While foreclosure activity across the nation for the month of March reached its lowest level since July 2007, the Capital Region saw a quarterly increase in activity.
It’s a regional trend that could be tied to New York having the longest foreclosure timeline in the nation. The average time it takes to foreclose on a property in the state is 1,056 days, compared to the overall national average of 370 days, according to the latest U.S. Foreclosure Market Report from RealtyTrac, a California-based firm that tracks foreclosures nationwide.
Across the U.S., foreclosure filings were reported on 198,853 properties. That’s a 4-percent drop from the month prior and a 17-percent drop from the same time last year.
By the numbers
Foreclosure activity for the month of March in the Capital Region and Mohawk Valley, from highest to lowest rate of filings:
Montgomery County: 19 properties, 1 in every 1,214 houses, a 216.67 percent increase from February 2012 and 850 percent increase from March 2011
Albany County: 58 properties, 1 in every 2,375 houses, a 34.1 percent drop from February 2012 and 62.34 percent drop from March 2011
Saratoga County: 24 properties, 1 in every 4,111 houses, a 40 percent drop from February 2012 and 300 percent increase from March 2011
Schenectady County: 15 properties, 1 in every 4,546 houses, a 7.14 percent increase from February 2012 and 87.5 percent increase from March 2011
Fulton County: 4 properties, 1 in every 7,141 houses, a 60 percent drop from February 2012 and 100 percent increase from March 2011
Schoharie County: 1 property, no change from March 2011.
Quarterly data paint a similar picture: Foreclosure activity was down 2 percent from the previous quarter and 16 percent from the first three months of 2011. In total, default notices, scheduled auctions and bank repossessions were reported on 572,928 homes in the first quarter of 2012.
“The low foreclosure numbers in the first quarter are not an indication that the massive reservoir of distressed properties built up over the past few years has somehow miraculously evaporated,” said RealtyTrac CEO Brandon Moore in a news release issued Thursday.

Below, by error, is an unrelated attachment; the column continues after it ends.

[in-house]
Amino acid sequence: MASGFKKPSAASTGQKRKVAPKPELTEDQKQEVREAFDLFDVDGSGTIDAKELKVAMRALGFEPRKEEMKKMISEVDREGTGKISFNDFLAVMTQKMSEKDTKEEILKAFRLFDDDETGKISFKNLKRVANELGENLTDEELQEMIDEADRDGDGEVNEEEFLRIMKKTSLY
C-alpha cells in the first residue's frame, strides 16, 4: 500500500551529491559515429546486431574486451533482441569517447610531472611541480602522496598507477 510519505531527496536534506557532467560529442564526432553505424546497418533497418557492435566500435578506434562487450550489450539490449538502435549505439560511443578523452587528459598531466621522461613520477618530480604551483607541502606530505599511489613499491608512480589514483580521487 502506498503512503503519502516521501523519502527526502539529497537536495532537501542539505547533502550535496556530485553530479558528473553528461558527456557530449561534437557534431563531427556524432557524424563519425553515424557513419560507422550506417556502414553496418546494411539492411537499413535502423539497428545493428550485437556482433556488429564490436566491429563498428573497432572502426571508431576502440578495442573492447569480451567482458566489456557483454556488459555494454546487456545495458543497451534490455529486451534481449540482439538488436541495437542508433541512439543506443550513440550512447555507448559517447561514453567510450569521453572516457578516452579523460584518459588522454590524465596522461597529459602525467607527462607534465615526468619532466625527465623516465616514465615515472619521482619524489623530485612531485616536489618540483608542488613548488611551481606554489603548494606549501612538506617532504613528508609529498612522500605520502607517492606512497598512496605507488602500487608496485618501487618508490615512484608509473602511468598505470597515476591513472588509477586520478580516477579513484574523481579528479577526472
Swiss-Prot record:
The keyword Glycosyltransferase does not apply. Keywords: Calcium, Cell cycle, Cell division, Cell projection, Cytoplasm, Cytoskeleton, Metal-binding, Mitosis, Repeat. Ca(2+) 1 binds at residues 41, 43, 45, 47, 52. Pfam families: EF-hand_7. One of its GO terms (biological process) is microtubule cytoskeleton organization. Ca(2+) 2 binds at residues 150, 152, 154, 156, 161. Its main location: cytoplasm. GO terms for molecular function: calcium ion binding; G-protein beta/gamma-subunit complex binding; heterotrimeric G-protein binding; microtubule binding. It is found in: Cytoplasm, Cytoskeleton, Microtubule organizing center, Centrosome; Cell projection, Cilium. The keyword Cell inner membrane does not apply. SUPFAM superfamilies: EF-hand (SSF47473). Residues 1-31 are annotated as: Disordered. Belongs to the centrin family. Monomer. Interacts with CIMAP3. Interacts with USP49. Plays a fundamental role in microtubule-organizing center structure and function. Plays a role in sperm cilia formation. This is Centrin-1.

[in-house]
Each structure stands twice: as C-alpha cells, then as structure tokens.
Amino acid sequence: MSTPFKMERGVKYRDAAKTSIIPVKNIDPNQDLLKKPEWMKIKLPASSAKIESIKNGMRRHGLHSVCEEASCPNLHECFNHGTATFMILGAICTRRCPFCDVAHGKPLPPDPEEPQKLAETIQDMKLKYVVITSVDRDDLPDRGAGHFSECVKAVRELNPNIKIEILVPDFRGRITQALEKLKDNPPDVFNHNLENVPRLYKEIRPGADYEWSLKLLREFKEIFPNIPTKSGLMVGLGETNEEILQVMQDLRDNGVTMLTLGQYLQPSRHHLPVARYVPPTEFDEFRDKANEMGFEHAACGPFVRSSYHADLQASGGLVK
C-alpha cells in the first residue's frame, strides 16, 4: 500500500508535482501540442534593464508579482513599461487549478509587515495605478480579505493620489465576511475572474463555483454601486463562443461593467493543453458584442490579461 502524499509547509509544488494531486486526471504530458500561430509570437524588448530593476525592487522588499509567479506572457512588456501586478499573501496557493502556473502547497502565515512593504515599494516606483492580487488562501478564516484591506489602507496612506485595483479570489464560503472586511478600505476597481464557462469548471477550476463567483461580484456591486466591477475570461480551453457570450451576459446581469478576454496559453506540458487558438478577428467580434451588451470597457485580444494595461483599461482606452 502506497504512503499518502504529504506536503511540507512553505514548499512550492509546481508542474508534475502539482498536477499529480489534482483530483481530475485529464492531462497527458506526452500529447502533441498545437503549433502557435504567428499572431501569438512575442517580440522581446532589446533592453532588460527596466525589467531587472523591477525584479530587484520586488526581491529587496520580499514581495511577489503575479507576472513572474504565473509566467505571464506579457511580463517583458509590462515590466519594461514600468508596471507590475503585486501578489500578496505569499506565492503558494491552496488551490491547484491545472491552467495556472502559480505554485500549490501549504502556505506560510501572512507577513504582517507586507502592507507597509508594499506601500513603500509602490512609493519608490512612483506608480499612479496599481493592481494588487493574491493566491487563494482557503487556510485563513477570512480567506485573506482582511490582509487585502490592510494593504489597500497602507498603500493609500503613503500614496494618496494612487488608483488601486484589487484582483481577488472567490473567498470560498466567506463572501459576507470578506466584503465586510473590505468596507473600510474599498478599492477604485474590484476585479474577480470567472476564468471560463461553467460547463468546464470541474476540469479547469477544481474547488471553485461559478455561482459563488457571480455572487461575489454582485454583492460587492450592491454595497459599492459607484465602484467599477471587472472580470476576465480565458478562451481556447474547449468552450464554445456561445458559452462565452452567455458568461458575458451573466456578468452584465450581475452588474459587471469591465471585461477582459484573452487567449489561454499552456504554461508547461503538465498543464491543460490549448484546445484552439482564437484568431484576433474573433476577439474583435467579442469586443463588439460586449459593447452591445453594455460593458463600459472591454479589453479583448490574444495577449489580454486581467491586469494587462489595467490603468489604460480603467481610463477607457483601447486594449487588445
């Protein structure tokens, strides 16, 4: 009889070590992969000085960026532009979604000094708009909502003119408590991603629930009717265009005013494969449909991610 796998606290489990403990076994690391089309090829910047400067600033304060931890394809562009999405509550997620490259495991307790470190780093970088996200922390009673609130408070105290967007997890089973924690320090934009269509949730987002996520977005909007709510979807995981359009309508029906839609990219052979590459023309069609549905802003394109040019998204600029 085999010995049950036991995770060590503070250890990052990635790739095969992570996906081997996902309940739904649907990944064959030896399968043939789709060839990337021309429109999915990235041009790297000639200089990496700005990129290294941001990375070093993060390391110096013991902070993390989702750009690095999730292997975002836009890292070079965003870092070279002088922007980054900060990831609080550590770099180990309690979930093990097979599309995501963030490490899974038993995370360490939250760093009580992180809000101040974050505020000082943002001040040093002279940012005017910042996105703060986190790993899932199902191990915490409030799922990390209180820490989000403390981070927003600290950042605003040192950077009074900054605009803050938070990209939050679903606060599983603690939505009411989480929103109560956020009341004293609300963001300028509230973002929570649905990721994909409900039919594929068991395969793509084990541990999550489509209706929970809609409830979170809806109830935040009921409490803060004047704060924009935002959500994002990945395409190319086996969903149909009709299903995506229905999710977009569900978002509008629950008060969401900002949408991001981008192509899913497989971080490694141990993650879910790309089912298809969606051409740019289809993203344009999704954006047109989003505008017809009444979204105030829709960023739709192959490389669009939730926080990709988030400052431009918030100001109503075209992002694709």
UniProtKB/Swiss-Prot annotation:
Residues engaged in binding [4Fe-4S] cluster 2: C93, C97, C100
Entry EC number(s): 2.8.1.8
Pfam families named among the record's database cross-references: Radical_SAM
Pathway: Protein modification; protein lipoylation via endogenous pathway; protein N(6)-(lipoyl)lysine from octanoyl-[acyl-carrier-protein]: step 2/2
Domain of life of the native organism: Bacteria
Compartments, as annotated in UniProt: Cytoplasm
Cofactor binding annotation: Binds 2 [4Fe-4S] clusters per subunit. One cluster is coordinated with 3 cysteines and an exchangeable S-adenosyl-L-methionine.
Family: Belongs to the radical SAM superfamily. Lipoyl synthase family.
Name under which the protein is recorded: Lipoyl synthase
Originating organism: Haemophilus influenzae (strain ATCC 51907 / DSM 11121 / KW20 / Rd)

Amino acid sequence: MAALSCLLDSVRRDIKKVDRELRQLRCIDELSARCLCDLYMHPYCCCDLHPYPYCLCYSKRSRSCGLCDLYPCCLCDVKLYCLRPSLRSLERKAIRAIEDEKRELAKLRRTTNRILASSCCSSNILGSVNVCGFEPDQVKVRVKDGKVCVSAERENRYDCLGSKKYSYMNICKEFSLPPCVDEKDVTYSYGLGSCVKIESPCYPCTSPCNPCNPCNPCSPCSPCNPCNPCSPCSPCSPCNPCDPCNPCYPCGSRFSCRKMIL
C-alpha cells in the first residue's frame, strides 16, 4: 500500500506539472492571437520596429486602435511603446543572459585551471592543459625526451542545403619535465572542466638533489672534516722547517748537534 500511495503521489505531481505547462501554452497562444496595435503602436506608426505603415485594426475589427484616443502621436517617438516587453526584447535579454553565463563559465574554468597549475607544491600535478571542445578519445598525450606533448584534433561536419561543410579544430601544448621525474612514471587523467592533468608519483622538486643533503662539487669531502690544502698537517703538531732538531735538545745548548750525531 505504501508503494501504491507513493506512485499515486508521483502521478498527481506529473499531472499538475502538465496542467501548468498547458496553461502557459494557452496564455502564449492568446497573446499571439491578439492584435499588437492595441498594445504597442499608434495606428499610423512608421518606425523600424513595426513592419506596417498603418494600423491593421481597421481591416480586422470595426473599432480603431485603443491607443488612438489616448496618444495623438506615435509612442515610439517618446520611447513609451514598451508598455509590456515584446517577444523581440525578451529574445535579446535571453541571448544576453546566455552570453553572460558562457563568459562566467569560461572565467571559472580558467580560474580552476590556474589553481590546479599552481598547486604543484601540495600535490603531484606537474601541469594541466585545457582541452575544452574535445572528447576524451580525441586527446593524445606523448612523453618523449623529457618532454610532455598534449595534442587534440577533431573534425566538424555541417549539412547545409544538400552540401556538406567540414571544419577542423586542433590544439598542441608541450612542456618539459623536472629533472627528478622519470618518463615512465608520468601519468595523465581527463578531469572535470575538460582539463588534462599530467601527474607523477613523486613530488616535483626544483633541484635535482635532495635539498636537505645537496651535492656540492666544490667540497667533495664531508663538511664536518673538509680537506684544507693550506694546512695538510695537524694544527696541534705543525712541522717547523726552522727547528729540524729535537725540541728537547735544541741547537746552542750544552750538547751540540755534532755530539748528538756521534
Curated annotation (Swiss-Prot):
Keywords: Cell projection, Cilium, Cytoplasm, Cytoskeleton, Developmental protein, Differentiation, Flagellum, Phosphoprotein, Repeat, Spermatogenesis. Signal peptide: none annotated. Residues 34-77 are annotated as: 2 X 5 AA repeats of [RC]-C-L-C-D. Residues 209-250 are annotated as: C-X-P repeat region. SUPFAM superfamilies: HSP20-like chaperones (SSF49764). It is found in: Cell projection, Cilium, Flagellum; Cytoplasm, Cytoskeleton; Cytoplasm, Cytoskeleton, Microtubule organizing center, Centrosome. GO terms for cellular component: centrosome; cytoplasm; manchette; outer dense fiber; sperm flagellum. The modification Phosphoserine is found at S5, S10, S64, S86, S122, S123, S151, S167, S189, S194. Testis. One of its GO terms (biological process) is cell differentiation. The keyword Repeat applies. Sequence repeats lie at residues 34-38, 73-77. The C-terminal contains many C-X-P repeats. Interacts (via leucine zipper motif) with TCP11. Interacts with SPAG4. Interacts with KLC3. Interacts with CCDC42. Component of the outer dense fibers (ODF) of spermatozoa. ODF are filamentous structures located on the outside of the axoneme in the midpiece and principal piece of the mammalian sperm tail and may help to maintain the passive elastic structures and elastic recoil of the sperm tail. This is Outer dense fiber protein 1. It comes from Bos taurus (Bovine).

He said there are “hairline cracks in the dam,” pointing to the sizeable increases in foreclosure activity in states like New York that practice judicial foreclosures.
In March, the Albany-Schenectady-Troy metropolitan area saw a modest drop of less than 1 percent in foreclosures from the month before, and a more significant drop of 21.3 percent from the same time one year earlier.
But the one-month snapshot is less telling than quarterly data, which show an 88-percent increase from the previous quarter and a 23-percent increase from the same time one year earlier. The metropolitan region had foreclosure filings on 318 homes in the first quarter of 2012, or one in every 1,237 houses.
Extending the look at foreclosure activity to include the Mohawk Valley, Montgomery County had the highest rate of foreclosures, with 1 in every 887 houses, or 26 properties, in some stage of the foreclosure process during the first three months of the year.
In fact, every county in the region except Schoharie saw an increase in filings from the fourth quarter of 2011. And every county except Albany saw an increase in filings from the first quarter of 2011.
“The dam may not burst in the next 30 to 45 days, but it will eventually burst,” Moore warned in the release. “And everyone downstream should be prepared for that to happen — both in terms of new foreclosure activity and new short sale activity.”
Albany County technically had the most properties in the Capital Region with foreclosure filings, at 154, a rate of one in every 894 houses. This was a 75-percent increase from the end of last year, but a nearly 25-percent drop from the same time last year.
Saratoga County saw a three-fold increase in foreclosure filings during the first quarter of 2012 compared to the first quarter of 2011. Sixty-nine homes were in some stage of the foreclosure process, a rate of one in every 1,430 houses.
Schenectady County had 37 properties in a stage of foreclosure during the first quarter, or one in every 1,843 houses. Fulton County reported foreclosure filings on 15 houses, or one in every 1,904 houses. Schoharie County reported filings on only two houses, or one in every 8,616 houses.